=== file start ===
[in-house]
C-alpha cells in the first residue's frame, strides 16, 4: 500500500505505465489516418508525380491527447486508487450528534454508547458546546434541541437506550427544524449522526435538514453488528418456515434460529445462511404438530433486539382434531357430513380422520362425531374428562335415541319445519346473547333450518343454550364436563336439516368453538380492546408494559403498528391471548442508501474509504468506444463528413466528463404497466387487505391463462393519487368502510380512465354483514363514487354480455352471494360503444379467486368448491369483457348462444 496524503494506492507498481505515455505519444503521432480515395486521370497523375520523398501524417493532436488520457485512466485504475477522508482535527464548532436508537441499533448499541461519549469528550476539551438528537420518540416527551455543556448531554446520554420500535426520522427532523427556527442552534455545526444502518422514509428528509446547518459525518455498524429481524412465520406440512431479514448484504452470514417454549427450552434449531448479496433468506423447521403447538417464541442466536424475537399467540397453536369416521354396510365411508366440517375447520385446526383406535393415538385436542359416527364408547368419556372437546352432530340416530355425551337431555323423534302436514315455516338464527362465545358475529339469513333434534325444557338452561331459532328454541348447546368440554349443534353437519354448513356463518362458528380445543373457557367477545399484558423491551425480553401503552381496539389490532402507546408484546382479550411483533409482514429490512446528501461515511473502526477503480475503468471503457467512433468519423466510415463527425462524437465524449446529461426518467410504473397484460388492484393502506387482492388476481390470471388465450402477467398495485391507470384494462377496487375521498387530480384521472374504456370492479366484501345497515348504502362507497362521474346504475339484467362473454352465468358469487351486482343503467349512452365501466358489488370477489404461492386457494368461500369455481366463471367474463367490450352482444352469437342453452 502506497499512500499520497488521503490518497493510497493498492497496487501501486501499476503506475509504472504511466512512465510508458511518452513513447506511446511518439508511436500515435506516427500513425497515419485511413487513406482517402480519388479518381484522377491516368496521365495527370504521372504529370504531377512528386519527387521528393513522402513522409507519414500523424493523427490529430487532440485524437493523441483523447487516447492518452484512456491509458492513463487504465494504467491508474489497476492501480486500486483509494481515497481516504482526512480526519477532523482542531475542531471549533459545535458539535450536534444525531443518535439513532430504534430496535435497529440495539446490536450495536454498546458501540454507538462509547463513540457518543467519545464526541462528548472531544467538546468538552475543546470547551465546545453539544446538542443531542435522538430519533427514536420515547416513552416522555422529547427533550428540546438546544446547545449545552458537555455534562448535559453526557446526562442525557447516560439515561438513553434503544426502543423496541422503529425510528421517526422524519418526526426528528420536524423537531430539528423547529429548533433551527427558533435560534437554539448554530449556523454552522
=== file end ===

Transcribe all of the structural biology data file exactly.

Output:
[in-house]
C-alpha cells in the first residue's frame, strides 16, 4: 500500500505505465489516418508525380491527447486508487450528534454508547458546546434541541437506550427544524449522526435538514453488528418456515434460529445462511404438530433486539382434531357430513380422520362425531374428562335415541319445519346473547333450518343454550364436563336439516368453538380492546408494559403498528391471548442508501474509504468506444463528413466528463404497466387487505391463462393519487368502510380512465354483514363514487354480455352471494360503444379467486368448491369483457348462444 496524503494506492507498481505515455505519444503521432480515395486521370497523375520523398501524417493532436488520457485512466485504475477522508482535527464548532436508537441499533448499541461519549469528550476539551438528537420518540416527551455543556448531554446520554420500535426520522427532523427556527442552534455545526444502518422514509428528509446547518459525518455498524429481524412465520406440512431479514448484504452470514417454549427450552434449531448479496433468506423447521403447538417464541442466536424475537399467540397453536369416521354396510365411508366440517375447520385446526383406535393415538385436542359416527364408547368419556372437546352432530340416530355425551337431555323423534302436514315455516338464527362465545358475529339469513333434534325444557338452561331459532328454541348447546368440554349443534353437519354448513356463518362458528380445543373457557367477545399484558423491551425480553401503552381496539389490532402507546408484546382479550411483533409482514429490512446528501461515511473502526477503480475503468471503457467512433468519423466510415463527425462524437465524449446529461426518467410504473397484460388492484393502506387482492388476481390470471388465450402477467398495485391507470384494462377496487375521498387530480384521472374504456370492479366484501345497515348504502362507497362521474346504475339484467362473454352465468358469487351486482343503467349512452365501466358489488370477489404461492386457494368461500369455481366463471367474463367490450352482444352469437342453452 502506497499512500499520497488521503490518497493510497493498492497496487501501486501499476503506475509504472504511466512512465510508458511518452513513447506511446511518439508511436500515435506516427500513425497515419485511413487513406482517402480519388479518381484522377491516368496521365495527370504521372504529370504531377512528386519527387521528393513522402513522409507519414500523424493523427490529430487532440485524437493523441483523447487516447492518452484512456491509458492513463487504465494504467491508474489497476492501480486500486483509494481515497481516504482526512480526519477532523482542531475542531471549533459545535458539535450536534444525531443518535439513532430504534430496535435497529440495539446490536450495536454498546458501540454507538462509547463513540457518543467519545464526541462528548472531544467538546468538552475543546470547551465546545453539544446538542443531542435522538430519533427514536420515547416513552416522555422529547427533550428540546438546544446547545449545552458537555455534562448535559453526557446526562442525557447516560439515561438513553434503544426502543423496541422503529425510528421517526422524519418526526426528528420536524423537531430539528423547529429548533433551527427558533435560534437554539448554530449556523454552522